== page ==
The internet is buzzing with a video showing Officer Ben Fields slamming a teenager into a wall and physically dragging her to the floor. Her crime for which he was summoned was none other than being "disrespectful" and "verbally disruptive" when she refused to give her cell phone to her teacher. To make matters worse another student, Niya Kenny, was also arrested for "disturbing schools" for being distraught and verbally protesting when Ben Fields assaulted her classmate. The incident is being publicized as an example of race violence, but it is also indicative of another seldom-considered injustice: a crisis in children's rights.
I venture to guess that there are many more policeman who have perpetrated similar violations of children's rights, but who have done so without YouTube stardom and national headlines. A year and a half ago, I sat in a Psychology of Trauma class listening to police officers who had come to discuss their jobs. Curious about what kind of special protocol and victim-sensitivity they employ when dealing with child victims, I asked them about how they respond to child victims of abuse. I'll never forget what happened next.
One officer's arm shot up with a jabbering hand gesture as he explained that, if the victim was a girl, he would just let her talk "because that's what she wants to do" before eventually suggesting that "maybe it was this that you did that made your daddy hit you." "But if it's a boy," he said, "I'll just tell him to stop being an asshole and he deserved everything he got."
I felt sick to my stomach. How could this officer possibly think his answer was acceptable, especially in a classroom full of psychology students? Why did no one feel like they could challenge him? My teacher looked at the floor.
When I heard about Officer Fields' violence, it was unfortunately not surprising to me. It is telling that our society deems Officer Fields' actions ambiguous rather than fully unacceptable. In the aftermath of the violent incident in South Carolina, a social media debate has raged about whether or not the child deserved to be slammed against a wall. One popular tweet by @NathanZed expresses an appropriate sentiment: "If you see a girl get dragged and thrown by a grown man & your 1st thought is 'she must have done something to deserve that' you got problems."
While this debate has been limited to whether or not it was appropriate or justifiable to throw the child across the room, few seem to question whether or not it was appropriate to arrest her for the "crime" of refusing to surrender her property (cell phone) and exercising her freedom of speech. This teenager, a foster child, now suffers from rug burn on her forehead. This happened in a country we refer to as, "the land of the free" where children are taught ceremoniously about civil liberties and human rights to which they are not entitled.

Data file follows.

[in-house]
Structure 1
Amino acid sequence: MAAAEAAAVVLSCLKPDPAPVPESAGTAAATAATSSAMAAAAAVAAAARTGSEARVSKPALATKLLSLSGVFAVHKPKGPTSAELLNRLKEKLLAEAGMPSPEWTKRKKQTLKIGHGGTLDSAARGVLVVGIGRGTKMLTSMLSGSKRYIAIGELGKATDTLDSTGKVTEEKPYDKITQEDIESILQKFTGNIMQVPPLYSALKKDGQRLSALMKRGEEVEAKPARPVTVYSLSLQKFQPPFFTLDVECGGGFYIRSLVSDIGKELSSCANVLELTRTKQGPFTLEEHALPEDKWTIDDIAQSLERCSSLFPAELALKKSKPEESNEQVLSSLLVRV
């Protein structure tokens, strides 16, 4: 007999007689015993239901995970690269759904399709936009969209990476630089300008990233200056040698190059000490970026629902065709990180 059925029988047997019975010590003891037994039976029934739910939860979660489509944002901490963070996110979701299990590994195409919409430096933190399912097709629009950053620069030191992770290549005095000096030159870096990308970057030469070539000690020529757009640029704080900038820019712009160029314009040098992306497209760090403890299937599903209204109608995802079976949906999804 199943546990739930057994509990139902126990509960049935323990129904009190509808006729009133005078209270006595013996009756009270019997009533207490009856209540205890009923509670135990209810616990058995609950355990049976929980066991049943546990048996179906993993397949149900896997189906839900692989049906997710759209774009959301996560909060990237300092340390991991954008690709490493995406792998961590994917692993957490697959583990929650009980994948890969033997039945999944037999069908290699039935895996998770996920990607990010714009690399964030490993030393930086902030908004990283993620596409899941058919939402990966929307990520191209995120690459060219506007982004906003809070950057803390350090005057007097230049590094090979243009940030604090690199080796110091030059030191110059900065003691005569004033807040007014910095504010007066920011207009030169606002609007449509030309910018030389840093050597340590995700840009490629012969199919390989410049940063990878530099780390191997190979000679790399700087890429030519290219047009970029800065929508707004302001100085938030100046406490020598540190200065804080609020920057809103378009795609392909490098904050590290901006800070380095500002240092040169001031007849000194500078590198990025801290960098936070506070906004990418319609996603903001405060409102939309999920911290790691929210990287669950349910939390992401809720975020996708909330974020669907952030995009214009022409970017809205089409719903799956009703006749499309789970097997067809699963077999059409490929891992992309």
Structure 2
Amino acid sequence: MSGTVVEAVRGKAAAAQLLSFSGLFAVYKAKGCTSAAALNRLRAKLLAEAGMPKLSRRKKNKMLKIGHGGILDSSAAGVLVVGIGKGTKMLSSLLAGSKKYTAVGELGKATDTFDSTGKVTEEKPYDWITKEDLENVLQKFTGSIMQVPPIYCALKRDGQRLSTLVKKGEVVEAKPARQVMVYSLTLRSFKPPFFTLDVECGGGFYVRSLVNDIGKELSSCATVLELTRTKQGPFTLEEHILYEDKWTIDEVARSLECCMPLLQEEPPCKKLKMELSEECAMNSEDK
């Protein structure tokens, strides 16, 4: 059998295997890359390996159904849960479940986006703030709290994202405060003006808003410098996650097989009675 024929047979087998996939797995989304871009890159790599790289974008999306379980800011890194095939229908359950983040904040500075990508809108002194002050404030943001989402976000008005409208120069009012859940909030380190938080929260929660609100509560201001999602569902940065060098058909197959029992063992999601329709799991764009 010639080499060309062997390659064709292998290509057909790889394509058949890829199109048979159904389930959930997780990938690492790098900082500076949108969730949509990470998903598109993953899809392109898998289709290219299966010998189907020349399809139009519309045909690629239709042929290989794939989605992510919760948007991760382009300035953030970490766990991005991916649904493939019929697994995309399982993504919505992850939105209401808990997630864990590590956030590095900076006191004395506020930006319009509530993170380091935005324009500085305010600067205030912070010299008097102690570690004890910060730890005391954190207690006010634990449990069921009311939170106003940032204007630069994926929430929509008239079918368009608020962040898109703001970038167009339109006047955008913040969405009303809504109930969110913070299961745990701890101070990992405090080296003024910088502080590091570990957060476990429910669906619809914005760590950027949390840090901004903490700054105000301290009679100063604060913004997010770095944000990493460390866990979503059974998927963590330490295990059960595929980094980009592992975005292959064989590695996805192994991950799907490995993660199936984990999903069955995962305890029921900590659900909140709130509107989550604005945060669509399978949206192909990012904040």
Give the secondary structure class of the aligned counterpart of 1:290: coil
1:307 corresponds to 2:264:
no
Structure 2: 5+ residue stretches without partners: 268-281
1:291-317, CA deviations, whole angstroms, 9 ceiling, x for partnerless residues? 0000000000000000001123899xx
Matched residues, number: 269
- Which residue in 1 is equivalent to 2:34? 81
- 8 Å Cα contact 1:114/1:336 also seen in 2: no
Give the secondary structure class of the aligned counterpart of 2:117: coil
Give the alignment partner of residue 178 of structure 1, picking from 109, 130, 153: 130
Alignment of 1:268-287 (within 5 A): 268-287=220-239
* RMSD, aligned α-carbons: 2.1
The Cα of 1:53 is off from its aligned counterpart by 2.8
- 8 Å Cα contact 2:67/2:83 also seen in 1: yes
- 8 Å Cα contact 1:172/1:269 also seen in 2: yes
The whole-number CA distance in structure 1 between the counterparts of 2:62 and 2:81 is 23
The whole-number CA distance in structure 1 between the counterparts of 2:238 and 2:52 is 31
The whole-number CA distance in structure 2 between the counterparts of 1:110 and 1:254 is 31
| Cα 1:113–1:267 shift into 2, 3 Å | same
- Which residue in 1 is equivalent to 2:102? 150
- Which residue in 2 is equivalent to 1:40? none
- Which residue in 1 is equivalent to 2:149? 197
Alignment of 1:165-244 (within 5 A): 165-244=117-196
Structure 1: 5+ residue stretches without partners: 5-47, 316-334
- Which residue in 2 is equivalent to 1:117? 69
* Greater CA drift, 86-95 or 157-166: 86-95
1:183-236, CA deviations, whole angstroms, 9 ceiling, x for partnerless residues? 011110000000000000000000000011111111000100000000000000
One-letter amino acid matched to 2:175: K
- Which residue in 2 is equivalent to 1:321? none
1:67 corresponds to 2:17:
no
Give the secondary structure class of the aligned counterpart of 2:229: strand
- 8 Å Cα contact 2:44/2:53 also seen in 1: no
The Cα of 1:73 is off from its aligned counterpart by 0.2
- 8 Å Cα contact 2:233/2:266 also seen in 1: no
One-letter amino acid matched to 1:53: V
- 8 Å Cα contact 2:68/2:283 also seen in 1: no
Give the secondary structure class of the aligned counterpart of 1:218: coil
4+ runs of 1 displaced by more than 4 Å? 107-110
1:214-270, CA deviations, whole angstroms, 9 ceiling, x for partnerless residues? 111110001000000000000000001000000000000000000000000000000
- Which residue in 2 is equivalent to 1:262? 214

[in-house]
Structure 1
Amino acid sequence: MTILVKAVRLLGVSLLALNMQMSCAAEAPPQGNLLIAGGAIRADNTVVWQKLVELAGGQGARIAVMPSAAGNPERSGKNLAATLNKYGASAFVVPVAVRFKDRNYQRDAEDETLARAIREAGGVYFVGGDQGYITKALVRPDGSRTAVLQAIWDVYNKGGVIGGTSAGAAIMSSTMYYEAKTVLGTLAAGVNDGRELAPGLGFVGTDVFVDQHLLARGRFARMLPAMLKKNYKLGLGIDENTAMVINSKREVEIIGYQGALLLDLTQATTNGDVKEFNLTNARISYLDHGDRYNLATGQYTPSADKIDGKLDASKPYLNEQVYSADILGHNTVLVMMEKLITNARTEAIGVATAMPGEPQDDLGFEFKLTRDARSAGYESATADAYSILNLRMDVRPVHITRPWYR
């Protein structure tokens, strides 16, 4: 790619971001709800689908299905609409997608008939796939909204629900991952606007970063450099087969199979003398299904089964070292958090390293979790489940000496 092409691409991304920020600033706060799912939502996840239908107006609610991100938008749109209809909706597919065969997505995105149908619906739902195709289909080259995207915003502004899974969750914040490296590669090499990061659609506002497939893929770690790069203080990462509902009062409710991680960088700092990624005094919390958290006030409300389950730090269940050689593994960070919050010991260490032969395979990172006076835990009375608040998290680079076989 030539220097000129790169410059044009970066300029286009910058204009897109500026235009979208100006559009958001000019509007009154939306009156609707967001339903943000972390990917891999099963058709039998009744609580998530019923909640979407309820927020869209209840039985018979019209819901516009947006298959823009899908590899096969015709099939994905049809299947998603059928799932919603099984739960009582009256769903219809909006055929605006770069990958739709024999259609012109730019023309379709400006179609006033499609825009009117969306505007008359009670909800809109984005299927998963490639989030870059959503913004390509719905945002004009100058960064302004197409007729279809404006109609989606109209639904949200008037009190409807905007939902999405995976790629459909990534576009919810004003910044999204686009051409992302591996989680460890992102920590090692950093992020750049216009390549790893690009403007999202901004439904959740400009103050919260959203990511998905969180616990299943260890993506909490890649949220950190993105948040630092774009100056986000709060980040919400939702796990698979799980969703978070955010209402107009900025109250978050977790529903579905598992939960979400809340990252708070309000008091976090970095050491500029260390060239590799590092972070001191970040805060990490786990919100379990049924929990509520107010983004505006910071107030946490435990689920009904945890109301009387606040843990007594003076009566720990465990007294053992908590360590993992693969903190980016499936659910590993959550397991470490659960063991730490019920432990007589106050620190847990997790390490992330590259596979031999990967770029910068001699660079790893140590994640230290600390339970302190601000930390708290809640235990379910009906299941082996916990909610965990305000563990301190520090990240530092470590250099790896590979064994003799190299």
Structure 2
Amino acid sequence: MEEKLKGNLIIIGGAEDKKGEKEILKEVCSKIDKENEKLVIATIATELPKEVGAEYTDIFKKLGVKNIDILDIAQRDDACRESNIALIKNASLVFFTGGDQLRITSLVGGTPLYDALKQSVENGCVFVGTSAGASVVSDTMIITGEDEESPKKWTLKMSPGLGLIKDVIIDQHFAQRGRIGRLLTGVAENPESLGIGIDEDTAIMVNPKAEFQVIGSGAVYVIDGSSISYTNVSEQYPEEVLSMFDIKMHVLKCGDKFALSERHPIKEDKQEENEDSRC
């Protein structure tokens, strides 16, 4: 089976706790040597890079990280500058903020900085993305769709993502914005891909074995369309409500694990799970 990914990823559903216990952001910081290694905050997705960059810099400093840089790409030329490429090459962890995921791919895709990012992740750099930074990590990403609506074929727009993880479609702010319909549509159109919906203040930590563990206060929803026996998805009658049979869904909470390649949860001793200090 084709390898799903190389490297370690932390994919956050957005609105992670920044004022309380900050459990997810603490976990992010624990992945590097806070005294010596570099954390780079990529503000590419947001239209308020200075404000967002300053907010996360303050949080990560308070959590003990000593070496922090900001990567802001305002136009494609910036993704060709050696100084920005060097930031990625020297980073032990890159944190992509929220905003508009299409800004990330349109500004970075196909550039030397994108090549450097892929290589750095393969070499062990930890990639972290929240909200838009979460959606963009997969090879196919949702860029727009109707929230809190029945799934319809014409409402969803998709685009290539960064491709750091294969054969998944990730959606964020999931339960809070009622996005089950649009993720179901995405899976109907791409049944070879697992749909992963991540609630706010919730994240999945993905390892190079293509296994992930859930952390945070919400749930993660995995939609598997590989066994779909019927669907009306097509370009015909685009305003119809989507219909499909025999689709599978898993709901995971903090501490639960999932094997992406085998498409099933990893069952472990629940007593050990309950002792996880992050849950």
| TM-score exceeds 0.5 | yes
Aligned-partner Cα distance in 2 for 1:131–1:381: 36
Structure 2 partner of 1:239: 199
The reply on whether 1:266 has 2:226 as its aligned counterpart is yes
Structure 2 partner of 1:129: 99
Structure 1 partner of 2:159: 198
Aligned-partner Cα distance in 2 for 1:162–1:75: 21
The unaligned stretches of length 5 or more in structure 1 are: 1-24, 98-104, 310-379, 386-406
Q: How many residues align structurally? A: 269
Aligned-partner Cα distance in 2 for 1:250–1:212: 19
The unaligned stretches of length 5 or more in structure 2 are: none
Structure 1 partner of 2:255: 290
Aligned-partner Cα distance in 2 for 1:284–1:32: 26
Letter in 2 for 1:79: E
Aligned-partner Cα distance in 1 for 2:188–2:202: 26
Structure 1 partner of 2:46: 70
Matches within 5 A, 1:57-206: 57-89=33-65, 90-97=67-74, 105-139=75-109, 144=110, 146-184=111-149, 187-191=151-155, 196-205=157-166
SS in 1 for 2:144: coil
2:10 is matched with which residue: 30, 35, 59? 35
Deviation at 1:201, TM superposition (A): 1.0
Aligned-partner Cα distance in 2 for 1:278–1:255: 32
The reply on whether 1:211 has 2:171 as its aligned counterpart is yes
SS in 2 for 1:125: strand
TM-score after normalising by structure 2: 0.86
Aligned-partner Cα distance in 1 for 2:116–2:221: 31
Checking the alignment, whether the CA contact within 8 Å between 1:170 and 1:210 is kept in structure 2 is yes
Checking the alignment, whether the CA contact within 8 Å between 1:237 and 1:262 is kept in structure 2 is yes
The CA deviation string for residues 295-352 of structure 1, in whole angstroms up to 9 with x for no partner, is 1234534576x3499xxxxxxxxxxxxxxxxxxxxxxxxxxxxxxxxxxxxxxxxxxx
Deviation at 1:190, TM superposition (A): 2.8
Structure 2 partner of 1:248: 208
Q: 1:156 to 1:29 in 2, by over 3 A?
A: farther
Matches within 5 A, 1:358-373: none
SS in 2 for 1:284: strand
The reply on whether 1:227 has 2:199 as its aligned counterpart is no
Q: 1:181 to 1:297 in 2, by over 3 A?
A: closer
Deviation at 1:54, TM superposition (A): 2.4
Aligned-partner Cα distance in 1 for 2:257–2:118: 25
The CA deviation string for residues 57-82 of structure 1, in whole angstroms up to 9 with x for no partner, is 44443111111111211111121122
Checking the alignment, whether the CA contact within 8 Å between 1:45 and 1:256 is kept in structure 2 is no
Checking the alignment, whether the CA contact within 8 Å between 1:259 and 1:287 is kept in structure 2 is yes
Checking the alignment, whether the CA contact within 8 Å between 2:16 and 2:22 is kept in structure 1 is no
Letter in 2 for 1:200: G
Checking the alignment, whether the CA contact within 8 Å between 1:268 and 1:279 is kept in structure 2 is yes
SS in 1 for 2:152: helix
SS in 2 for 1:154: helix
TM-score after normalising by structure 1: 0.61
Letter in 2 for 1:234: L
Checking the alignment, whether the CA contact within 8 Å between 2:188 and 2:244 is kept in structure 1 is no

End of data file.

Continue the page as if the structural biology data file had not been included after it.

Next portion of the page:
The fact that American citizens and police are divided about whether or not it is appropriate to attack a child is disturbing enough, but even more unsettling is that it remains legal. CNN Analyst Harry Houck stated that, although the video "looks really bad" Officer Fields was within his rights to "use whatever force is necessary" to remove the student he has decided to arrest. No charges have been filed against Officer Fields.
Furthermore, this year includes several highly-publicized examples of cases in which children were wrongfully arrested. In June, the Tsimhoni case made international headlines after Judge Gorcyca berated and abused Liam 14, Roee 10, and Natalie 9, in court, and ordered them to juvenile detention for no greater crime than refusing to have lunch with their father. Defying reason, the judge's actions were somehow not deemed fully unjustifiable and she remains on the case. The children were forced into the custody of their father who they chose jail over interacting with.
There was also the case of Ahmed Mohamed who was arrested and interrogated without an attorney for bringing a homemade clock to school. Fortunately, he was subsequently invited to the White House and has since moved to Qatar to accept an educational scholarship.
What do these arrests tell children? They send black teens the message: "Police can be filmed assaulting you and Americans will create a hashtag (#ISupportBenFields) supporting it."
They tell abused children such as the Tsimhonis not to report abuse because they might get arrested and have to live with their abuser full time.
They set an example for science-minded children not to experiment for fear of being accused of terrorism.
The United States is the only country which is not a signatory of The United Nations Convention on the Rights of the Child, and it is not among the 37 countries which have banned physical punishment of children in recognition of the serious harm that it causes.
For privileged children who have never needed rights, perhaps the thought of childhood will one day invoke nostalgic memories of safety, happiness, a lack of responsibility, or a blissful ignorance of the evil in the world. Sadly, children such as the teen in the video, the Tsimhonis, Ahmed, or any others who have been abused, wrongfully arrested, or otherwise discriminated against, will likely have much less romantic memories without the luxury of ignorance regarding the evil of the world. They will know the value of rights through their deprivation, and classroom discussions of American freedoms might seem painfully ironic.
When it is legal for authority figures to abuse children and have them arrested on spurious and unsubstantiated charges, can America really be "the land of the free"?
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